Christmas Tech Workshops 2015
We ran three technology workshops for kids of various ages from around Bath and Bristol on the 19th December. It was put on as kind of a final farewell event from me, as I will be moving to London after Christmas!
The morning session was for juniors aged 8 to 11. We have kindly been lent 6 iPads from the Bath Royal Literary and Scientific Institution to encourage kids into technology, so we had to run two activities concurrently so everyone could use the iPads fairly! John was leading the iPad group, helping students to create flashing christmas trees in Scratch using broadcasters and changing colours of sprites.
I was in charge of running the makers activity helping students build christmas cards with a rainbow LED inside, which involved a lot of cutting and sticking!
We also had some littleBits to play with — here Nancy and Emily have made a circuit that lights up when you make a lot of noise (clap!).
Next, we had an activity for secondary age students. Some of the girls I taught complained that people don’t run Christmassy workshops for older kids! So I decided we’d run our own!
Instead of using Scratch, we demonstrated how to code emojis using SVG (similar to HTML).
Students really enjoyed building their own snowmen and Father Christmas’s, and for all of them it was their first proper experience in programming!
Finally, we ran a proper hack day style workshop for any school kid that had some programming before! I really like the hack days I go to, often in London, and really wanted to show that to the kids I’ve been teaching over the past year.
We had a fantastic turnout of kids from lots of the different schools around Bath! I accidentally forgot to invite the boys school, so ended up in an odd scenario where the boys were the minority. Nobody else seemed to bring this up though, and we had a friendly environment for everyone.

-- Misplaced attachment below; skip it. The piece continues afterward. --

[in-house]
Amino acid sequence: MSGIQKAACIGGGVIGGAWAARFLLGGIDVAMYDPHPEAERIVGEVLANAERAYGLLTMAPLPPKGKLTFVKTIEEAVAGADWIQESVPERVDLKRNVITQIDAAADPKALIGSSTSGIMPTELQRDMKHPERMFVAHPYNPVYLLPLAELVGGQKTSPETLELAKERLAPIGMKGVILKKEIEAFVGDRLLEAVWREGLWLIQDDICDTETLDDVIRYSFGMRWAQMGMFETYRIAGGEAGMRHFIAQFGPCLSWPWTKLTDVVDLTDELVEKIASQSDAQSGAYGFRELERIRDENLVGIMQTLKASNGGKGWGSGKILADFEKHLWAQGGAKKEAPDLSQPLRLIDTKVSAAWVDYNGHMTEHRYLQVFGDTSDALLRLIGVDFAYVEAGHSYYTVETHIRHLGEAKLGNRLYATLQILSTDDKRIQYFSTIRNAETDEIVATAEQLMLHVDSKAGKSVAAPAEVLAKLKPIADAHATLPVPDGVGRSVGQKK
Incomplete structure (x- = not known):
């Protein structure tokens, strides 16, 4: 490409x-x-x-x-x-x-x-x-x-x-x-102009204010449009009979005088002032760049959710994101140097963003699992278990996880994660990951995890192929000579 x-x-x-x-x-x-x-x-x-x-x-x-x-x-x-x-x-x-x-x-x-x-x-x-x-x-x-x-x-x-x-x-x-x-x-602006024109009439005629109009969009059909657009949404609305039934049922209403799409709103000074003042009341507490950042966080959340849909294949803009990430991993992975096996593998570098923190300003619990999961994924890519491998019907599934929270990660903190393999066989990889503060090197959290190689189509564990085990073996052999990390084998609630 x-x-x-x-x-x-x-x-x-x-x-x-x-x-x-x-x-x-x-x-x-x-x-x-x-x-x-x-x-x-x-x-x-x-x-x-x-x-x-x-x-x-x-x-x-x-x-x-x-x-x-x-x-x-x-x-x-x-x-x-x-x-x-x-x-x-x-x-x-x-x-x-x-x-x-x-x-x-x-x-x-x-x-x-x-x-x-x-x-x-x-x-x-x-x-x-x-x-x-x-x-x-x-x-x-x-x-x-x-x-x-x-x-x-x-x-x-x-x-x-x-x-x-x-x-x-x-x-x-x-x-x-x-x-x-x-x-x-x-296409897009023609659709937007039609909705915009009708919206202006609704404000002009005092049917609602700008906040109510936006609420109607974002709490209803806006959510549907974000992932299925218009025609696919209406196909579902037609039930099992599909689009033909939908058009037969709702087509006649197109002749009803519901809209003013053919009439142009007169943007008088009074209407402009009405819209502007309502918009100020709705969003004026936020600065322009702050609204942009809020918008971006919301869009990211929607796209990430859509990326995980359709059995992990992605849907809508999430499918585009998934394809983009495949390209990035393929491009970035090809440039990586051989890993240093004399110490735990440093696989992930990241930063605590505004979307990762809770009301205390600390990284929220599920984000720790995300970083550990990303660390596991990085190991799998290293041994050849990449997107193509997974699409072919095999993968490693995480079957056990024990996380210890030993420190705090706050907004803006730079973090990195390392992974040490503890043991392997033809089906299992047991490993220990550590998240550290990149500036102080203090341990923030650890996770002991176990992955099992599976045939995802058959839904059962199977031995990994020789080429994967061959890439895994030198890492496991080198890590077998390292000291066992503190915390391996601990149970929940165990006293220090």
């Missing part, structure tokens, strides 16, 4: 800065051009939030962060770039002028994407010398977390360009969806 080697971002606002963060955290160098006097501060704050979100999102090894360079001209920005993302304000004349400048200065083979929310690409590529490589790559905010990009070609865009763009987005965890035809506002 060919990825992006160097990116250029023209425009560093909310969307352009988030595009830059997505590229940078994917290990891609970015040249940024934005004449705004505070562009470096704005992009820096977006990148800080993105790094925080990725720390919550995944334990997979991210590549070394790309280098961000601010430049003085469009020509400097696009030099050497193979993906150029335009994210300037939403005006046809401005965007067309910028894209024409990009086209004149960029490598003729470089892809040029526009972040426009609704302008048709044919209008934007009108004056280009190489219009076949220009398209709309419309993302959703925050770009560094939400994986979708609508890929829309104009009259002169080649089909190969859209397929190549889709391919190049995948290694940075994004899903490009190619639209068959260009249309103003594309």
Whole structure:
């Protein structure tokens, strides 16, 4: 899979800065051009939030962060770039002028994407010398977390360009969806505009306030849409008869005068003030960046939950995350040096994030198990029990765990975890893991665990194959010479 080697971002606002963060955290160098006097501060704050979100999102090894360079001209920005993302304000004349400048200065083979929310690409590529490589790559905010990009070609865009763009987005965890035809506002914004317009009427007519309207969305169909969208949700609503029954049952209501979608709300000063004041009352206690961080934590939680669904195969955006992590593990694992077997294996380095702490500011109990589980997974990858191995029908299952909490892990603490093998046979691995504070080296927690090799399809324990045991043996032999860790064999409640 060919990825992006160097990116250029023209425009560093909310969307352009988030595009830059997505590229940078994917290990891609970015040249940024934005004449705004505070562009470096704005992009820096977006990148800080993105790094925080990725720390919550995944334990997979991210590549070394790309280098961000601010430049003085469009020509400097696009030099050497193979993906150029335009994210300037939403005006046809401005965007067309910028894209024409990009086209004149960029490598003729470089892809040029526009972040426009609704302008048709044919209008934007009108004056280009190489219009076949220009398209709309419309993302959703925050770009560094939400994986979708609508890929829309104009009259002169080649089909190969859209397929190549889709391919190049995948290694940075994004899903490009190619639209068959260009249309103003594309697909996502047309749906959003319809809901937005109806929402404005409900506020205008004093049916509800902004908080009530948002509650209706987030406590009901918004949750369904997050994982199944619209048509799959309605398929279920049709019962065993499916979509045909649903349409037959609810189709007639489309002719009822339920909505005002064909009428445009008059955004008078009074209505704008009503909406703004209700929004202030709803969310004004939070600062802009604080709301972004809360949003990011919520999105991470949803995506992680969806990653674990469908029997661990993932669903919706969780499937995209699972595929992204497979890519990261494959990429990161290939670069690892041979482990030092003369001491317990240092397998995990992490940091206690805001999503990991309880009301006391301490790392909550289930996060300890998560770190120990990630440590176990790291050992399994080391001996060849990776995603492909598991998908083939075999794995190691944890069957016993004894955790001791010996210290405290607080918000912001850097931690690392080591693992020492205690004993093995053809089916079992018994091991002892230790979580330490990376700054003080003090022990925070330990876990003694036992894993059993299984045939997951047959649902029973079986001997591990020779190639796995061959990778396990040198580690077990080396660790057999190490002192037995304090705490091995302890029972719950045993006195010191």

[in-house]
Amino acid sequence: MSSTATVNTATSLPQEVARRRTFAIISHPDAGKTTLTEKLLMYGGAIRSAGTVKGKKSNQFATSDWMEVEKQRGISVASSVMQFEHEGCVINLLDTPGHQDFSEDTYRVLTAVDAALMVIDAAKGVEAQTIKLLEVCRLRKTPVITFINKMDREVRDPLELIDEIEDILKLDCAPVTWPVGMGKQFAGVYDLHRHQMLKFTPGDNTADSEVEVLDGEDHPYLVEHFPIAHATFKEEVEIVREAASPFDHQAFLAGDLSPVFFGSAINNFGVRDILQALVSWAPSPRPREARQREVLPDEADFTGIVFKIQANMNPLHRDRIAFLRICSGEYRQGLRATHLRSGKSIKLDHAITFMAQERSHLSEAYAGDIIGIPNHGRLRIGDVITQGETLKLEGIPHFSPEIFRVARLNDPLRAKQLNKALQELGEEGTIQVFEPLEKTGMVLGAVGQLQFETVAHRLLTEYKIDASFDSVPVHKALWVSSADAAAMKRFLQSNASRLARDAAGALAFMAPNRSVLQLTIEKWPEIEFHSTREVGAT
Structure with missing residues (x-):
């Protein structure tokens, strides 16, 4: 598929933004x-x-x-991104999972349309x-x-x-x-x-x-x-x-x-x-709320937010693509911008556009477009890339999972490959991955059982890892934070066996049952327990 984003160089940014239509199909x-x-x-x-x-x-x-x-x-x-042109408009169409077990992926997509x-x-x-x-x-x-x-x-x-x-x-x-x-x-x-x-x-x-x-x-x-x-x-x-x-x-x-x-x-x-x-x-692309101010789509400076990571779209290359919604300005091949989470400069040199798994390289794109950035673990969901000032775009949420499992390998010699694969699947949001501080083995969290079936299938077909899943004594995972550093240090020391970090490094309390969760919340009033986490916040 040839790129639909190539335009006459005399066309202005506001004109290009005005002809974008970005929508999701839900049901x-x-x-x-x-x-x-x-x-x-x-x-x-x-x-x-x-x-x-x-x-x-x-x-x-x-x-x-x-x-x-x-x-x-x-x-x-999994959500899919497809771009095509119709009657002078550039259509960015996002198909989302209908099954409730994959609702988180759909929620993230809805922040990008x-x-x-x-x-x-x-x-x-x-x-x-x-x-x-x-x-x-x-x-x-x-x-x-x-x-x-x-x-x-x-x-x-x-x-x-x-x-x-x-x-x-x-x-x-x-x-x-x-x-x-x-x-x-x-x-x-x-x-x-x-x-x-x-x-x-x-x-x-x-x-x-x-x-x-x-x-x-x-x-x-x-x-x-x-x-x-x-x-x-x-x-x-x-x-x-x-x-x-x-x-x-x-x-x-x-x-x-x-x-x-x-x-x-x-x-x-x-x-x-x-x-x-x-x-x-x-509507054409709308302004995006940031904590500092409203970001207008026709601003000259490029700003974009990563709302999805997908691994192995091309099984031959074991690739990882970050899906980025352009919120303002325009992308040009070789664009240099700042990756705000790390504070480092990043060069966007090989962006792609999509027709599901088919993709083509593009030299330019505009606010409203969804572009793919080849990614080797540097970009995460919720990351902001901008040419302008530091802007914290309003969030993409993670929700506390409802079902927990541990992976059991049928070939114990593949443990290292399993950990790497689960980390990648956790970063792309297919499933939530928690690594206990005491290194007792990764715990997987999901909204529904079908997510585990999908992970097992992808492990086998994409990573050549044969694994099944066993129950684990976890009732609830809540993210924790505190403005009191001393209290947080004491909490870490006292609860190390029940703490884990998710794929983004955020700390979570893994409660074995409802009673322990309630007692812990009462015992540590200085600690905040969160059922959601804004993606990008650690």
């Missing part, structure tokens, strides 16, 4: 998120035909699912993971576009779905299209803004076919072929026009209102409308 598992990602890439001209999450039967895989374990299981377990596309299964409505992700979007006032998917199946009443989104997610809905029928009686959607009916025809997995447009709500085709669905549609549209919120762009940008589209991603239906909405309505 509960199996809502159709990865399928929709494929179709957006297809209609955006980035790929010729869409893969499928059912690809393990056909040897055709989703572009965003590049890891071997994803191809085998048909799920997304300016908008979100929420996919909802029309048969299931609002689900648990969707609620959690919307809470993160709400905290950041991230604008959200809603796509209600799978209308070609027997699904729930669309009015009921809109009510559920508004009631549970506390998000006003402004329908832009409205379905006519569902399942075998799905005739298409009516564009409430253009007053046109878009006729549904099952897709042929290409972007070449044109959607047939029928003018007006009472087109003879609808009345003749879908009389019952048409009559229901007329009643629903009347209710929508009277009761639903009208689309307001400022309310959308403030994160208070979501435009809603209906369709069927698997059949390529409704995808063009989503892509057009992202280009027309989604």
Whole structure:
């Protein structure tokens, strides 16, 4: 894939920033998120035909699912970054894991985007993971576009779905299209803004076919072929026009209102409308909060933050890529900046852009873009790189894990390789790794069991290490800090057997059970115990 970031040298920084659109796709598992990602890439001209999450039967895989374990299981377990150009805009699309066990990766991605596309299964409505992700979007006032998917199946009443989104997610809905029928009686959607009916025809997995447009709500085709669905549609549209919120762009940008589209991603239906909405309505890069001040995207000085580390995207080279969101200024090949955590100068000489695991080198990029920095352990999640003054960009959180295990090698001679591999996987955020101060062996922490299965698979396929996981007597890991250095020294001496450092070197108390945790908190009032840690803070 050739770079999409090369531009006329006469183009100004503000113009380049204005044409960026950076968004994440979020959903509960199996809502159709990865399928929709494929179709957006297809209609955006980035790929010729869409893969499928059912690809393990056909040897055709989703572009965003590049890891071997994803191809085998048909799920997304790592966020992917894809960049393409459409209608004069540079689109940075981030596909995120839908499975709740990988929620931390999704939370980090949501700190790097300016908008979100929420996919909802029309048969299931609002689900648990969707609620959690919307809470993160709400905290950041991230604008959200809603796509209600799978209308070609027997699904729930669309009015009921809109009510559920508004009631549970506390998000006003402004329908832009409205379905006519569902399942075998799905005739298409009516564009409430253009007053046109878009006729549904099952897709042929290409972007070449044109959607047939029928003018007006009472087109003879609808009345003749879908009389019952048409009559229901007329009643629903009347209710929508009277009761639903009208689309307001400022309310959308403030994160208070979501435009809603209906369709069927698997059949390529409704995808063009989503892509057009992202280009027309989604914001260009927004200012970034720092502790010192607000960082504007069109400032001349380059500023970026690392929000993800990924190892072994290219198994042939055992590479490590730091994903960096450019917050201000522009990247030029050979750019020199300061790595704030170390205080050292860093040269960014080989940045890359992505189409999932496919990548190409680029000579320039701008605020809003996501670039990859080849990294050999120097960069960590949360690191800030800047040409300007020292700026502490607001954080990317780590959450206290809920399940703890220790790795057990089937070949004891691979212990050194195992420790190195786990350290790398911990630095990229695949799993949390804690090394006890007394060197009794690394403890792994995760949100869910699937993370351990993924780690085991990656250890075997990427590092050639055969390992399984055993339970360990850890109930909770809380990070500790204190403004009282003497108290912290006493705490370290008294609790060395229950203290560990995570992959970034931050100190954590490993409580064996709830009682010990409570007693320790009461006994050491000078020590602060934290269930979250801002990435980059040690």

We started off by asking students to make their own Christmas emojis — as some students weren’t that comfortable with programming or hadn’t programmed before. These were some of what they made:
Even our youngest programmers, Gracie and Florence aged 10, made their own snowman emojis using SVG. This was their second snowman as we accidentally didn’t save the first one (the first had a snazzy purple hat!).
It wouldn’t have been a proper hack night without the pizza in the evening, everyone seemed happy with that!
Finally, the parents came back to see what their kids had made. I really like that children get to make things that their parents can see and kinda (even if not from a technical perspective) understand what they’ve made!
All in all, it was all very successful! We’ve learned how to run these sorts of events better in future, and hopefully everyone that attended learned something useful too!
More photos for those interested are up at https://www.flickr.com/gp/129552569@N07/105xdj
Massive thanks to Neil C Ford (https://twitter.com/neilcford), John Reeves (Teach Programming & https://twitter.com/programming_uk), and all the other parents who helped make the hack day successful! Also thank you to Coworking Bath (https://twitter.com/coworkingbath) for allowing us to use their space!